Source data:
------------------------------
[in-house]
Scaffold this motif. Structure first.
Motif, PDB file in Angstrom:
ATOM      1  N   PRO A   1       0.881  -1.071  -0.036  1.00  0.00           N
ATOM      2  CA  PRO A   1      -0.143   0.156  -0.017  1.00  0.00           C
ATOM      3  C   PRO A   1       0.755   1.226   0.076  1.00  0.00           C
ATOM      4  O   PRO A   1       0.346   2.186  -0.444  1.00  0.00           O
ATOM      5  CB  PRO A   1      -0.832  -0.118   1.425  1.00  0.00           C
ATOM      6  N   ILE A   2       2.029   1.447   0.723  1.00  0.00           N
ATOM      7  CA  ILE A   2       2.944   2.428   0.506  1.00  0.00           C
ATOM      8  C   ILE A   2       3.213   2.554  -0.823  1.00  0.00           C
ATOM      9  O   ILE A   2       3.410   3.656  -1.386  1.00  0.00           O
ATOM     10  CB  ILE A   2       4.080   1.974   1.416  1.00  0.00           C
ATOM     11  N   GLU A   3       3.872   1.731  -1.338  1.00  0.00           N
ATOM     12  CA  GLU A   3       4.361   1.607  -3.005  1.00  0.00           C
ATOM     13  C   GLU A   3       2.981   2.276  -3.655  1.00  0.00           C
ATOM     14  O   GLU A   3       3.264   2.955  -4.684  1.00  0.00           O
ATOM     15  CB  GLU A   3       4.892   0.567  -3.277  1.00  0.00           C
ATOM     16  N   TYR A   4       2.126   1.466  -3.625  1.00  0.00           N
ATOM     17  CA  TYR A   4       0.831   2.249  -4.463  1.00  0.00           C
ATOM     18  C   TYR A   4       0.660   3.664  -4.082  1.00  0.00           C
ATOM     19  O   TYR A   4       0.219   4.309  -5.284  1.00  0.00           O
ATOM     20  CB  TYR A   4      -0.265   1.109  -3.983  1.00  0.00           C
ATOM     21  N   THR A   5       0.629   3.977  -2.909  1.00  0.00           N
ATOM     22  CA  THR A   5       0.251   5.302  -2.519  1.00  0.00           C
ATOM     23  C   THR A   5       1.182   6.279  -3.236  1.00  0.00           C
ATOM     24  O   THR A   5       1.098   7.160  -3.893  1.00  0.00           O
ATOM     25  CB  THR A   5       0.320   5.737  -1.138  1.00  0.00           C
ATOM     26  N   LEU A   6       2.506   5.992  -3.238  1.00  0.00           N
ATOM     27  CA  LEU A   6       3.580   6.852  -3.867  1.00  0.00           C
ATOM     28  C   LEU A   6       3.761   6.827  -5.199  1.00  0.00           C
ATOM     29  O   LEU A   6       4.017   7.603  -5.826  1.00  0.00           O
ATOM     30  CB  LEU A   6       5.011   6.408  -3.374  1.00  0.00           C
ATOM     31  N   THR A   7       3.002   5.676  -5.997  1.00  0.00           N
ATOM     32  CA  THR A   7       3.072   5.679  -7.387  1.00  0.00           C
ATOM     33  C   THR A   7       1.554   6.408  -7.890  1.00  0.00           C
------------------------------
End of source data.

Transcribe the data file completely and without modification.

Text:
[in-house]
Scaffold this motif. Structure first.
Motif, PDB file in Angstrom:
ATOM      1  N   PRO A   1       0.881  -1.071  -0.036  1.00  0.00           N
ATOM      2  CA  PRO A   1      -0.143   0.156  -0.017  1.00  0.00           C
ATOM      3  C   PRO A   1       0.755   1.226   0.076  1.00  0.00           C
ATOM      4  O   PRO A   1       0.346   2.186  -0.444  1.00  0.00           O
ATOM      5  CB  PRO A   1      -0.832  -0.118   1.425  1.00  0.00           C
ATOM      6  N   ILE A   2       2.029   1.447   0.723  1.00  0.00           N
ATOM      7  CA  ILE A   2       2.944   2.428   0.506  1.00  0.00           C
ATOM      8  C   ILE A   2       3.213   2.554  -0.823  1.00  0.00           C
ATOM      9  O   ILE A   2       3.410   3.656  -1.386  1.00  0.00           O
ATOM     10  CB  ILE A   2       4.080   1.974   1.416  1.00  0.00           C
ATOM     11  N   GLU A   3       3.872   1.731  -1.338  1.00  0.00           N
ATOM     12  CA  GLU A   3       4.361   1.607  -3.005  1.00  0.00           C
ATOM     13  C   GLU A   3       2.981   2.276  -3.655  1.00  0.00           C
ATOM     14  O   GLU A   3       3.264   2.955  -4.684  1.00  0.00           O
ATOM     15  CB  GLU A   3       4.892   0.567  -3.277  1.00  0.00           C
ATOM     16  N   TYR A   4       2.126   1.466  -3.625  1.00  0.00           N
ATOM     17  CA  TYR A   4       0.831   2.249  -4.463  1.00  0.00           C
ATOM     18  C   TYR A   4       0.660   3.664  -4.082  1.00  0.00           C
ATOM     19  O   TYR A   4       0.219   4.309  -5.284  1.00  0.00           O
ATOM     20  CB  TYR A   4      -0.265   1.109  -3.983  1.00  0.00           C
ATOM     21  N   THR A   5       0.629   3.977  -2.909  1.00  0.00           N
ATOM     22  CA  THR A   5       0.251   5.302  -2.519  1.00  0.00           C
ATOM     23  C   THR A   5       1.182   6.279  -3.236  1.00  0.00           C
ATOM     24  O   THR A   5       1.098   7.160  -3.893  1.00  0.00           O
ATOM     25  CB  THR A   5       0.320   5.737  -1.138  1.00  0.00           C
ATOM     26  N   LEU A   6       2.506   5.992  -3.238  1.00  0.00           N
ATOM     27  CA  LEU A   6       3.580   6.852  -3.867  1.00  0.00           C
ATOM     28  C   LEU A   6       3.761   6.827  -5.199  1.00  0.00           C
ATOM     29  O   LEU A   6       4.017   7.603  -5.826  1.00  0.00           O
ATOM     30  CB  LEU A   6       5.011   6.408  -3.374  1.00  0.00           C
ATOM     31  N   THR A   7       3.002   5.676  -5.997  1.00  0.00           N
ATOM     32  CA  THR A   7       3.072   5.679  -7.387  1.00  0.00           C
ATOM     33  C   THR A   7       1.554   6.408  -7.890  1.00  0.00           C